Even in paradise, one needs to be mindful of what's underfoot. The Sabino Canyon Recreation Area is a desert oasis in the Santa Catalina Mountains north of Tucson, a rich repository of wildlife and a favorite destination for Tucsonans and visitors for more than a century.
This book presents annotated and illustrated descriptions of the amphibians and reptiles found at Sabino Canyon and an overview of their natural environment. Representing a study spanning nearly twenty-five years, it documents their present and past distribution and examines environmental and herpetofaunal change due to physical, biological, and human impact on species and habitats.
In this first publication to describe Sabino Canyon's biota in scientific detail, three expert authors pool their knowledge to provide a detailed discussion of ecological change--especially as a consequence of drought, flooding, the introduction of exotic species, and direct human impact. Suburbia has arrived on the canyon's doorstep, and human visitation has soared, inalterably affecting the area. Of particular concern, breeding habitats for amphibians were profoundly altered by flash flooding in Sabino's streams following the 2003 Aspen Fire, which ravaged large parts of the Santa Catalina Mountains.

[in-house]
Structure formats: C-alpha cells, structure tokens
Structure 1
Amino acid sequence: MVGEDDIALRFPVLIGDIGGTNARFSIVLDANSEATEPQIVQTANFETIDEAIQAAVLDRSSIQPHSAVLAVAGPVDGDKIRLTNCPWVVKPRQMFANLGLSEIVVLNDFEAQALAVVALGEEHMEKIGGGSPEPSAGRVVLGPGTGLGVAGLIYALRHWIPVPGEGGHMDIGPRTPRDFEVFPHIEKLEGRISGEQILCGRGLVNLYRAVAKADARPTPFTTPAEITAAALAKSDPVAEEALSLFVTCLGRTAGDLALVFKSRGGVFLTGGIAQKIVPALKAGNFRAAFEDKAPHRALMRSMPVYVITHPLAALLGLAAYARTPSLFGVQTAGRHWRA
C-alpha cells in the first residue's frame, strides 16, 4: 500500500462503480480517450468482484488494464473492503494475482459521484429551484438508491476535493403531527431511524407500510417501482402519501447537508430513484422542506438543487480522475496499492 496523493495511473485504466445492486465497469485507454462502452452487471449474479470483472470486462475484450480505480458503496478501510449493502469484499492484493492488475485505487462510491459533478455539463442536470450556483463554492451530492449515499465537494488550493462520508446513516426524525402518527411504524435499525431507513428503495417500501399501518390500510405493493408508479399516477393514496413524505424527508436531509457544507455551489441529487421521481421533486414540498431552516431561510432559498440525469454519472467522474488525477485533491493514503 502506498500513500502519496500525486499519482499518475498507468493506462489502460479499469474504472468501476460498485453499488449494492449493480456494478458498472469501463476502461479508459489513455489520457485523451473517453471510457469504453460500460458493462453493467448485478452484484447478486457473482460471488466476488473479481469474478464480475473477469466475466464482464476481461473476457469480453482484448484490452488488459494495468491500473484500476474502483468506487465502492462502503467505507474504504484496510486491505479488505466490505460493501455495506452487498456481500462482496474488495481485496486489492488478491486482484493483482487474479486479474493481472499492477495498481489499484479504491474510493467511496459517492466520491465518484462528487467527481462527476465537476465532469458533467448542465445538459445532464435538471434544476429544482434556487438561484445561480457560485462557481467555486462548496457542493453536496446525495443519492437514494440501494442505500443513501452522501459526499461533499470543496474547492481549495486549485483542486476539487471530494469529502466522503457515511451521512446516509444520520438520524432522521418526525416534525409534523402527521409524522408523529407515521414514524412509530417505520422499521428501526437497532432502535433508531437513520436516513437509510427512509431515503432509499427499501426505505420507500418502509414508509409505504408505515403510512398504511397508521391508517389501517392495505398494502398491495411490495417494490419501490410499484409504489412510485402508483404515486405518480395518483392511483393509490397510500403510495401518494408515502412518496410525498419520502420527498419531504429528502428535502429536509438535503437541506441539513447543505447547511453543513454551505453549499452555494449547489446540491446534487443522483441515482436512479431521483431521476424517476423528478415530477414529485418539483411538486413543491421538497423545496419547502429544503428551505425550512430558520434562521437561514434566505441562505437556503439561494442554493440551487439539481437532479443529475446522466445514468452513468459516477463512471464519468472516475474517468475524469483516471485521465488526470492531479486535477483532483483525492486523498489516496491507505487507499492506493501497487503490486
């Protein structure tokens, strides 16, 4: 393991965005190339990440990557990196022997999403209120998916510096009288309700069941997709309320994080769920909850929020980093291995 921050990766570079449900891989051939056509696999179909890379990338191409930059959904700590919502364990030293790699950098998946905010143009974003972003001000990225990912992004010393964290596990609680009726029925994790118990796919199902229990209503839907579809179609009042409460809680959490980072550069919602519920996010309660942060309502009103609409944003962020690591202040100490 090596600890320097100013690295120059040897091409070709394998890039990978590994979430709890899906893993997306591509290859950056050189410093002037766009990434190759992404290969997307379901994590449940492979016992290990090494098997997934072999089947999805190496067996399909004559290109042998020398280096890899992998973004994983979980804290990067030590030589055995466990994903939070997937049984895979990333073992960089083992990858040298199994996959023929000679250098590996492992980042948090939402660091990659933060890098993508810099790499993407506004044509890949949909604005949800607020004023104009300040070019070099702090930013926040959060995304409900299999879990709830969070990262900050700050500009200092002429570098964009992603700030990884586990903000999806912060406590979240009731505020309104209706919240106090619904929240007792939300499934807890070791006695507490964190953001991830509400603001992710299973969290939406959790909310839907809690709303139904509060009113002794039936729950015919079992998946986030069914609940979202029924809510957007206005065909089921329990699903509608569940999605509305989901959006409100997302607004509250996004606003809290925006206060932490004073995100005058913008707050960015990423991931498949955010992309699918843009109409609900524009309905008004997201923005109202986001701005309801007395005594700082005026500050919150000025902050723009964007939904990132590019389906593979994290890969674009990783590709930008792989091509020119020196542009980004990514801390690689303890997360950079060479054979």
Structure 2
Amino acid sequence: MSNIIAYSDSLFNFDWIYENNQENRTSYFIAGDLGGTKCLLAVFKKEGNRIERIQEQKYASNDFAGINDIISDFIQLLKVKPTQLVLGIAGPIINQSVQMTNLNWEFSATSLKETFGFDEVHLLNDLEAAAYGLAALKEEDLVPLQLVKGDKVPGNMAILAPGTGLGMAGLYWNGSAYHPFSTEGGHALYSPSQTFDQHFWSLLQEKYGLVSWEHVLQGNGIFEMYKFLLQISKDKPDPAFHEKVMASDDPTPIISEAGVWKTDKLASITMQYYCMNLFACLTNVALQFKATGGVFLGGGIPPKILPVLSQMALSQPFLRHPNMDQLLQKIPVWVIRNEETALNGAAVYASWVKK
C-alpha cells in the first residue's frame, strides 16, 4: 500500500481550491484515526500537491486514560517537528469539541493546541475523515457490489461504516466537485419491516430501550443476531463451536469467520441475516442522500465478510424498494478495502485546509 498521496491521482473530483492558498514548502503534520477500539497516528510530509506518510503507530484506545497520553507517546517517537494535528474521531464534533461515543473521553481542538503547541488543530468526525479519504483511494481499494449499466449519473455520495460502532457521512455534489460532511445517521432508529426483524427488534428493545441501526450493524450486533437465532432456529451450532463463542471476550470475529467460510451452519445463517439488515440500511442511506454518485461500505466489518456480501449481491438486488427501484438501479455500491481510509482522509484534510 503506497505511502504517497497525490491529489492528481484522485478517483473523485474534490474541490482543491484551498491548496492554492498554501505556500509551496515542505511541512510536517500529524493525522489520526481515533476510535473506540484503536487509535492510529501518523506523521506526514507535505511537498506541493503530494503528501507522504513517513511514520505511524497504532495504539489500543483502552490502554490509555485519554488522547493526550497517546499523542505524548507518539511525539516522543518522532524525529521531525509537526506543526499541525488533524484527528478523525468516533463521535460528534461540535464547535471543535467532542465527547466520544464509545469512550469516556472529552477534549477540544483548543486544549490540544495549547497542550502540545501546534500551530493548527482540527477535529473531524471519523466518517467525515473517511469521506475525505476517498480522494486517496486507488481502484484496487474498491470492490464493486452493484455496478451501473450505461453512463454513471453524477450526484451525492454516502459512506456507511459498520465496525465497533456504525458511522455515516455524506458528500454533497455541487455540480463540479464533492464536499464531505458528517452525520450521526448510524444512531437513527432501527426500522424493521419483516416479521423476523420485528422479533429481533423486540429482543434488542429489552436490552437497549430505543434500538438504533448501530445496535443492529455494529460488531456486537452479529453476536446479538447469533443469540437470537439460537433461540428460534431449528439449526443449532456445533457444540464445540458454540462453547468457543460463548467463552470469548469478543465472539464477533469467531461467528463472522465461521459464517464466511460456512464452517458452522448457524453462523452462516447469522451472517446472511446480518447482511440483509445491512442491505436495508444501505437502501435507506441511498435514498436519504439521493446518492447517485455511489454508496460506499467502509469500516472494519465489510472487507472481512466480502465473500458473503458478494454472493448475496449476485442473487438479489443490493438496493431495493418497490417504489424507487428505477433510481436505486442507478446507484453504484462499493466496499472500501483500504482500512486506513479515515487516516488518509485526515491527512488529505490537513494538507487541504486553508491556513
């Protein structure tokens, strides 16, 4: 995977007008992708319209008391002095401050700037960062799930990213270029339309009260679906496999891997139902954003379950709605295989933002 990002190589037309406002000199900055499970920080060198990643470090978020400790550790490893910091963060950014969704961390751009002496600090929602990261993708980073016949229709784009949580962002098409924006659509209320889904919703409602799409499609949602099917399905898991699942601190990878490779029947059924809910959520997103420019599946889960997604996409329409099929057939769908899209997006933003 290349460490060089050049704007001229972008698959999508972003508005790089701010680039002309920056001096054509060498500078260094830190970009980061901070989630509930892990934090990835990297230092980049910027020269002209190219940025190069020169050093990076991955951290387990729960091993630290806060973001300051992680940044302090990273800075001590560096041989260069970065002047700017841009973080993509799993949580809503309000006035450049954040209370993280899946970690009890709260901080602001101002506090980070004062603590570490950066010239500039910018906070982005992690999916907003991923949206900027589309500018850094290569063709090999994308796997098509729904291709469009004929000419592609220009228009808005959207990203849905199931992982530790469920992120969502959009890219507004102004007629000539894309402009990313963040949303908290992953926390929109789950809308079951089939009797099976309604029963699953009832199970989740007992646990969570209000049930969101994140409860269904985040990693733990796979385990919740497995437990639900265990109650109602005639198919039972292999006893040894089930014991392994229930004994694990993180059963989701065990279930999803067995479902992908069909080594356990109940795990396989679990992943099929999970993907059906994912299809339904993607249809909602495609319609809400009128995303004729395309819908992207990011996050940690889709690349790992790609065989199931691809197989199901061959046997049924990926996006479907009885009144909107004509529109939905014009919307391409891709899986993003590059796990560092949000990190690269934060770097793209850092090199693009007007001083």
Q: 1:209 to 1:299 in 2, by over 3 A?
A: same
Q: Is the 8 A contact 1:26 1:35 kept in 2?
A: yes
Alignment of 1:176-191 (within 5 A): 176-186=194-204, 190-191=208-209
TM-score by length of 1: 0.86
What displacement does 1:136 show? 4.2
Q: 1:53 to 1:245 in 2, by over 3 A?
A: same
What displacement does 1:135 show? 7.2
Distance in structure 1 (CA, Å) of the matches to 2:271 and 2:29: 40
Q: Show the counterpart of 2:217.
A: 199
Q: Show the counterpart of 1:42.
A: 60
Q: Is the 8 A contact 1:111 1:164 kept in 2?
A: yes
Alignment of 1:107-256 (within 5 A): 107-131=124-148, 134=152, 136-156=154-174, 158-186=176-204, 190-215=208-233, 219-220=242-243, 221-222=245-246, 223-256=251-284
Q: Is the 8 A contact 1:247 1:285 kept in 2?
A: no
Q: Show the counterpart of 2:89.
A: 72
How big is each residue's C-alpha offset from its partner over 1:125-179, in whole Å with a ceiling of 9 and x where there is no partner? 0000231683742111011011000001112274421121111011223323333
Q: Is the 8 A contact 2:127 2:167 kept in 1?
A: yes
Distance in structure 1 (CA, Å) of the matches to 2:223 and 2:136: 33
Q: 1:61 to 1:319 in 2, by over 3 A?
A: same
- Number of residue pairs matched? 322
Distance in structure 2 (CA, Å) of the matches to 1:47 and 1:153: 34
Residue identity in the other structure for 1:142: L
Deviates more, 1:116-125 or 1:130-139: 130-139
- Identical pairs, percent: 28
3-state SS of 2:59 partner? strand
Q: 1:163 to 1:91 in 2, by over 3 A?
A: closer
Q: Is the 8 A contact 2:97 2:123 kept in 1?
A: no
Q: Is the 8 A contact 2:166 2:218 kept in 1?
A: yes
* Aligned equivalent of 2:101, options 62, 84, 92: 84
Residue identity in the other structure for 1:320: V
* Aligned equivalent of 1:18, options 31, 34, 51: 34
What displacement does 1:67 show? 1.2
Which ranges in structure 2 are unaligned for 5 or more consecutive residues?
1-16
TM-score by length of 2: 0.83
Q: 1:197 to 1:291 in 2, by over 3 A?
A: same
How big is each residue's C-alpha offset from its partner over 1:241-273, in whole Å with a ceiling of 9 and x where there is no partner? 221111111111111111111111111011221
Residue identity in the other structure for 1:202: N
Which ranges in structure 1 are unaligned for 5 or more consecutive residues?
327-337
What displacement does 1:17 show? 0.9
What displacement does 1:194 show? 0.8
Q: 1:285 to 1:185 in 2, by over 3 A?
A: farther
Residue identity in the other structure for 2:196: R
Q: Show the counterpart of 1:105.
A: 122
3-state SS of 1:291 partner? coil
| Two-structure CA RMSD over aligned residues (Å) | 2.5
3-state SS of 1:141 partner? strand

The book contains richly detailed accounts of the 57 species found at Sabino--25 snakes, 17 lizards, 8 toads and frogs, 6 turtles, and 1 salamander--emphasizing their local ecology and the behavior likely to be witnessed by visitors. Physical descriptions and numerous photographs--many in color--facilitate identification. Up-to-date distribution maps provide an essential baseline against which future researchers can measure change.
"Amphibians, Reptiles, and Their Habitats at Sabino Canyon" is essential for anyone who seeks to understand this desert oasis, how it has changed, and how it may change in the future. Written with minimal technical jargon to make it as useful to students and visitors as it will be to scientists and resource managers, it makes a vital contribution to our understanding of creatures underfoot whose habitat we seek to share.
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